However, I have some genuine questions that I hope you can answer.

    You say that the standard approach to an early miscarriage with ruptured membranes is prophylactic antibiotics and monitoring. Is this the case whether or not the foetus is dead? Is it the case in hospitals outside Ireland as well? I ask because a much linked to article by a US based ob/gyn stated that the standard treatment was immediate delivery. I spent some time reading about this online - though not very extensively - and this seemed to be the treatment that was standard in other places too.

    I can understand that there could be many reasons why a conservative approach might be favoured over a more aggressive one, I am just wondering if this is a contentious area or one where different doctors have a different approach or what?

  6. Hello Katie
    Do the articles you refer to recommend induction as the standard management with 2nd trimester PROM that is NOT complicated by infection?
    I would be surprised if this was the case.

    The central issue here appears to be whether or not the patient was showing signs of infection. If not then it is quite typical, as I understand it, for management to be expectant. That is, to wait for labour to start, but usually within a given time frame and with close monitoring for signs of chorioamnionitis.

    If infection is present, there seems to be agreement in most places that induction would be normal management. However, as the article in the Hindu Times I linked to above says, it could be that inducing a woman already in septic shock may dramatically worsen her condition.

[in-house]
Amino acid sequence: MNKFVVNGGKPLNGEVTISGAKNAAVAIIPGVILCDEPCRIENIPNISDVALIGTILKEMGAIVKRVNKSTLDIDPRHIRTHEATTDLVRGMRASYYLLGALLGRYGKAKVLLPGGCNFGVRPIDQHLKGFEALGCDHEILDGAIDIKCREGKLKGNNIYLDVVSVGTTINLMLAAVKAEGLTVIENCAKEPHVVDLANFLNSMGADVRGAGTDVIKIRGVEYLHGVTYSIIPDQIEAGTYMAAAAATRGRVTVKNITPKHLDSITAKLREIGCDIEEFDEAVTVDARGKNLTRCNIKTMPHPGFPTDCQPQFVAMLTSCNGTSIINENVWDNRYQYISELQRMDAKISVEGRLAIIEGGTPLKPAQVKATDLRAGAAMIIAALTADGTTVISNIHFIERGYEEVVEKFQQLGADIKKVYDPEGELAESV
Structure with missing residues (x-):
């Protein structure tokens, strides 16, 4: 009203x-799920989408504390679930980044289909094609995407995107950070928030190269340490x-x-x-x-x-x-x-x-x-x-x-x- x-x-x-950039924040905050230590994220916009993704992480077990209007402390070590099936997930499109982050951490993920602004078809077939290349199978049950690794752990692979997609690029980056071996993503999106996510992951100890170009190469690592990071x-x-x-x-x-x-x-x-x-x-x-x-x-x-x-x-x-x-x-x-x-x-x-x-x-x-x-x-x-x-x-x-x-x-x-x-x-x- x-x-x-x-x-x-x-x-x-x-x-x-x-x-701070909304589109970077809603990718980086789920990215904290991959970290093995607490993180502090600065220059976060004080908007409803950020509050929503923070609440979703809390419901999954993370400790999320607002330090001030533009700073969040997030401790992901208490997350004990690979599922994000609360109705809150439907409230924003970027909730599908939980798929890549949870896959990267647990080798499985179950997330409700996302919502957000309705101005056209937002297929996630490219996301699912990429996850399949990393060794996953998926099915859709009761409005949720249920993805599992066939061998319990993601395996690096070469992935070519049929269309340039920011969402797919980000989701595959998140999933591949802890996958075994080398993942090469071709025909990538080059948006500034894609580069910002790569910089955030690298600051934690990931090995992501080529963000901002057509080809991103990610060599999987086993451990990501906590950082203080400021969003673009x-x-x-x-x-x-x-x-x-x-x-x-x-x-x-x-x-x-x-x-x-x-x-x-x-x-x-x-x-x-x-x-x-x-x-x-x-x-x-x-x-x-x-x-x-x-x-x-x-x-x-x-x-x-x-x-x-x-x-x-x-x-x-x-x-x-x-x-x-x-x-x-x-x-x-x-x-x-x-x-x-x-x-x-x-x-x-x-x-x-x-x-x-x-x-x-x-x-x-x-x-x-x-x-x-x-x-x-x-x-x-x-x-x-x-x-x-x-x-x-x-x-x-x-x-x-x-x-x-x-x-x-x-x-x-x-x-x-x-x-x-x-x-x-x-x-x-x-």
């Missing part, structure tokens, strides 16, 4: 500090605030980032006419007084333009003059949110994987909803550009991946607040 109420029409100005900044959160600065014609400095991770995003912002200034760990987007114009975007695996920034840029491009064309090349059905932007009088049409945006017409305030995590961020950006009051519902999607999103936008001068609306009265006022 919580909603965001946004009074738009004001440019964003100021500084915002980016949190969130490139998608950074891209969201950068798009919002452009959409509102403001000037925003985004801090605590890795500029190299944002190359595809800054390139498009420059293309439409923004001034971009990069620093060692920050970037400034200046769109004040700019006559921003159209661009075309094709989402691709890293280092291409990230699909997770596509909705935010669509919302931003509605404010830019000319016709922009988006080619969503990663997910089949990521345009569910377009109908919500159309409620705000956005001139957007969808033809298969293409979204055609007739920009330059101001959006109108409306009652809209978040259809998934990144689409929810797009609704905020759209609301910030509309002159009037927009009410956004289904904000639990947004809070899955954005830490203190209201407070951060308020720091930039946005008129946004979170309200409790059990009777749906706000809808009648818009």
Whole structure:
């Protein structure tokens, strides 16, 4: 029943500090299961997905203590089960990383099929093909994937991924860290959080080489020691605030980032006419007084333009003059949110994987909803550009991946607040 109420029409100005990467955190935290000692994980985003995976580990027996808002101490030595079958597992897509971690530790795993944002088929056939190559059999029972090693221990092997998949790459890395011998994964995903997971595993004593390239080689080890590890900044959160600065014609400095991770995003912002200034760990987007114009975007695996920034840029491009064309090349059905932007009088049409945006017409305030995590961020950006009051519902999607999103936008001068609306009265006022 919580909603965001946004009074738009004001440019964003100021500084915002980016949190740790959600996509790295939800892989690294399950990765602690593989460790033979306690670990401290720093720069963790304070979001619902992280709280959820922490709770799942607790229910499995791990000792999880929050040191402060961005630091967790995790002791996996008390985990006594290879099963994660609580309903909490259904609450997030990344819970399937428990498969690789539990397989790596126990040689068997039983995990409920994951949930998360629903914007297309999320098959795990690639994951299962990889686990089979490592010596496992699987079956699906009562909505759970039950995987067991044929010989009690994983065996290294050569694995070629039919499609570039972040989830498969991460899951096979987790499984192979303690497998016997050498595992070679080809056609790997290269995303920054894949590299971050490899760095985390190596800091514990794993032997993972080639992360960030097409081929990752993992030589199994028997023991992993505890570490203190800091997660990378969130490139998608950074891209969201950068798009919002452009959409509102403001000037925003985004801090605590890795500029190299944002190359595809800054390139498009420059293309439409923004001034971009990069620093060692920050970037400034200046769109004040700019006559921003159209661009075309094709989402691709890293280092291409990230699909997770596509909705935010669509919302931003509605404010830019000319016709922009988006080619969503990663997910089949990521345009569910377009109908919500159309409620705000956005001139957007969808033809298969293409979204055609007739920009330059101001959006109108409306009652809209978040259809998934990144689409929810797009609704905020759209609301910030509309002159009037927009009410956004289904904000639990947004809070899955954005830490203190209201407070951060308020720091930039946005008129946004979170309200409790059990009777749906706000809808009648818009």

This is why I say that crises such as these are managed on a case by case basis, taking a number of other clinical factors into account.

    Here's one article I found which explains management quite clearly:

    This quote refers to PPROM in the second trimester, which was the stage of pregnancy that Savita was at. It explains that, in the absence of infection, such patients may even be managed at home ( actually, in some ways this may be safer, from an infection control point of view, because hospital environments are full of foreign pathogens:

    "Chorioamnionitis occurs in 30-60% of patients with second trimester PPROM. The risk of infection increases with duration of ROM and an AFI less than 2.0 cm. Frequent exams are necessary to ensure maternal safety. Patients need to be educated about the warning signs of intraamniotic infection and need to take their temperature 3 times a day at home. These patients do not need to be cared for in the hospital if no evidence of vaginal bleeding or infection exists. They may consider admission for inpatient management at 24 weeks, which currently is considered the point of viability at most institutions."

  7. I think really people need to stop all the tweeting and posturing and rushing up onto the roof tops to start trumpeting their self-satisfied opinions until they actually know the facts. Can you imagine if people waited until full information was available, until they had read and digested the information and then posted their considered, informed opinions instead of blaring out the same old stuff? I am so sorry for those awful comments. May God have mercy on them and soften their hardened hearts to show compassion and love to all.

  8. I can't believe people think it's weird that you call an unborn child a baby! I'd be pretty outraged if a MW ever referred to one of mine as a "foetus".